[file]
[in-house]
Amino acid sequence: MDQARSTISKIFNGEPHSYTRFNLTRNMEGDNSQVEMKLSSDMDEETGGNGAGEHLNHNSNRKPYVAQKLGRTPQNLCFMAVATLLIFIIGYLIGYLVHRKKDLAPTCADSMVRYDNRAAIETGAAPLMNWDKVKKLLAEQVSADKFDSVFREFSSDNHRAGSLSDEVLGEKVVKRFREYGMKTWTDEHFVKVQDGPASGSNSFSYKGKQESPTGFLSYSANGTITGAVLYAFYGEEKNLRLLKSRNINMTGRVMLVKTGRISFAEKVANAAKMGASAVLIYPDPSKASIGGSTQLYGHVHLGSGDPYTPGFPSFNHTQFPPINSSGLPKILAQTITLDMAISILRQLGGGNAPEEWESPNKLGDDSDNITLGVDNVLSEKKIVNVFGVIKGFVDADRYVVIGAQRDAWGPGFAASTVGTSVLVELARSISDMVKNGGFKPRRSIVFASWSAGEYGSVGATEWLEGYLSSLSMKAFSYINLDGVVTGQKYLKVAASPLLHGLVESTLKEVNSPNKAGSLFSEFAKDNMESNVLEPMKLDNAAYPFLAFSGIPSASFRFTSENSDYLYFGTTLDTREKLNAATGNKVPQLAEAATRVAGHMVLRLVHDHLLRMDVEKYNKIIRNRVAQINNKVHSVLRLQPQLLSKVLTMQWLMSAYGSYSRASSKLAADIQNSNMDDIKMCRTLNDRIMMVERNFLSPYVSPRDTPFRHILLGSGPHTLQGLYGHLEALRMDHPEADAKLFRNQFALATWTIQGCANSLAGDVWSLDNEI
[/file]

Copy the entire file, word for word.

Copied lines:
[in-house]
Amino acid sequence: MDQARSTISKIFNGEPHSYTRFNLTRNMEGDNSQVEMKLSSDMDEETGGNGAGEHLNHNSNRKPYVAQKLGRTPQNLCFMAVATLLIFIIGYLIGYLVHRKKDLAPTCADSMVRYDNRAAIETGAAPLMNWDKVKKLLAEQVSADKFDSVFREFSSDNHRAGSLSDEVLGEKVVKRFREYGMKTWTDEHFVKVQDGPASGSNSFSYKGKQESPTGFLSYSANGTITGAVLYAFYGEEKNLRLLKSRNINMTGRVMLVKTGRISFAEKVANAAKMGASAVLIYPDPSKASIGGSTQLYGHVHLGSGDPYTPGFPSFNHTQFPPINSSGLPKILAQTITLDMAISILRQLGGGNAPEEWESPNKLGDDSDNITLGVDNVLSEKKIVNVFGVIKGFVDADRYVVIGAQRDAWGPGFAASTVGTSVLVELARSISDMVKNGGFKPRRSIVFASWSAGEYGSVGATEWLEGYLSSLSMKAFSYINLDGVVTGQKYLKVAASPLLHGLVESTLKEVNSPNKAGSLFSEFAKDNMESNVLEPMKLDNAAYPFLAFSGIPSASFRFTSENSDYLYFGTTLDTREKLNAATGNKVPQLAEAATRVAGHMVLRLVHDHLLRMDVEKYNKIIRNRVAQINNKVHSVLRLQPQLLSKVLTMQWLMSAYGSYSRASSKLAADIQNSNMDDIKMCRTLNDRIMMVERNFLSPYVSPRDTPFRHILLGSGPHTLQGLYGHLEALRMDHPEADAKLFRNQFALATWTIQGCANSLAGDVWSLDNEI